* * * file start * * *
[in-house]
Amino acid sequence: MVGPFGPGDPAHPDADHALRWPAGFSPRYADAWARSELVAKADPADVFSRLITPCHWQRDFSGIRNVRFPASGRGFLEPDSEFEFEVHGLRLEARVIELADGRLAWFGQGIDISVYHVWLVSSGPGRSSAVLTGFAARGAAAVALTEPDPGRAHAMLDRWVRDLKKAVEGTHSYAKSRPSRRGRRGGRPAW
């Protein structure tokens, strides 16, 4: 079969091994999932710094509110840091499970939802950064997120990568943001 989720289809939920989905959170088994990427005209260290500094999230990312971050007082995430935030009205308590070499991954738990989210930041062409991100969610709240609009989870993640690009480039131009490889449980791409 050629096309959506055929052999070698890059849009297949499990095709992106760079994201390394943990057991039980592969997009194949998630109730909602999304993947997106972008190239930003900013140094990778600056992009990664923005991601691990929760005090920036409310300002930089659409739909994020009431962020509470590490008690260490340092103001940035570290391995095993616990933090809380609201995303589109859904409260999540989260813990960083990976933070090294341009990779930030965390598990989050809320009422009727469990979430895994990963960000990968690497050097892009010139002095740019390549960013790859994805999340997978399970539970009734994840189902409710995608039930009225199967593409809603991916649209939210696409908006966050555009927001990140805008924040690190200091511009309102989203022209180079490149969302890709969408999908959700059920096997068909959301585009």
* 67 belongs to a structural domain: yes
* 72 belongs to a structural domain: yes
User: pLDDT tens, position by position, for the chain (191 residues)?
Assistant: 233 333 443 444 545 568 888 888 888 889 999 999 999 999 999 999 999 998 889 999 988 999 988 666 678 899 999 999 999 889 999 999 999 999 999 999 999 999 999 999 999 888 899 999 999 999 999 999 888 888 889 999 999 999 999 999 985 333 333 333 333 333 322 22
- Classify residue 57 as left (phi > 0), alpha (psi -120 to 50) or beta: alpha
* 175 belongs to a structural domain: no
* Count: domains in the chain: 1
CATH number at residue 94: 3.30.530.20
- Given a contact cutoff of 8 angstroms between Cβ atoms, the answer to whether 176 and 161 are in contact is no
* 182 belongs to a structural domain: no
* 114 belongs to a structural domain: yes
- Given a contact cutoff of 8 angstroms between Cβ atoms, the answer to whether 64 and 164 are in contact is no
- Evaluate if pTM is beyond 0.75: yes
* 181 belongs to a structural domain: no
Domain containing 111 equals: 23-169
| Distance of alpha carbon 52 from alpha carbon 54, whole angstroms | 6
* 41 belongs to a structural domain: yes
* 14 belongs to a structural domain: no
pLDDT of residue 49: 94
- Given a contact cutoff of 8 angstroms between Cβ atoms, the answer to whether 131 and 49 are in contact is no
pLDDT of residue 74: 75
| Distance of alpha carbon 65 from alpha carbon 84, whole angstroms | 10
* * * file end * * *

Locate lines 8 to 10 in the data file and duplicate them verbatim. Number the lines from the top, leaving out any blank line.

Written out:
- Classify residue 57 as left (phi > 0), alpha (psi -120 to 50) or beta: alpha
* 175 belongs to a structural domain: no
* Count: domains in the chain: 1